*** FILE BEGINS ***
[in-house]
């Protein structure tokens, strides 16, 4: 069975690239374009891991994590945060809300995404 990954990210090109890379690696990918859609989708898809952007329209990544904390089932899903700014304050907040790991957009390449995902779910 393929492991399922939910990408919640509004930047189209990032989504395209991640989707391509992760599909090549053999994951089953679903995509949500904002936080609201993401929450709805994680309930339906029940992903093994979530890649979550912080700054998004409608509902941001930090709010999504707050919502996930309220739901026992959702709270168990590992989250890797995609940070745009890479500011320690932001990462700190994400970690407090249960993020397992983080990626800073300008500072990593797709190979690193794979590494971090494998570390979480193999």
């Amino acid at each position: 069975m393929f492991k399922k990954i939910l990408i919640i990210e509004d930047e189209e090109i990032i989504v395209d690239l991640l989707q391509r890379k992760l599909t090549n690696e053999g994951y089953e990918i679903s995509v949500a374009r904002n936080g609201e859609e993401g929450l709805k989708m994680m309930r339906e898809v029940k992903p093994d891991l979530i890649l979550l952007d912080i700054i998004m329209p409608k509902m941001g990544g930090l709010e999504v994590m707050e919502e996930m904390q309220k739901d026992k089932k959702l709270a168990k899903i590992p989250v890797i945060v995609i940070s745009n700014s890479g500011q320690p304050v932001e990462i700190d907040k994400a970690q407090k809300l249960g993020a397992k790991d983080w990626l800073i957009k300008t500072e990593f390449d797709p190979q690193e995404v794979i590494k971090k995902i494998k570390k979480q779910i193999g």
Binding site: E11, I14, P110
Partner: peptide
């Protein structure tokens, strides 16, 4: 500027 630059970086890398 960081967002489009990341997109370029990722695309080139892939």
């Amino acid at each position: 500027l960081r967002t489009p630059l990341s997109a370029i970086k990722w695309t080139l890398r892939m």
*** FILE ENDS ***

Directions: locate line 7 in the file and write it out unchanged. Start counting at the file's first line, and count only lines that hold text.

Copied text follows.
């Amino acid at each position: 500027l960081r967002t489009p630059l990341s997109a370029i970086k990722w695309t080139l890398r892939m």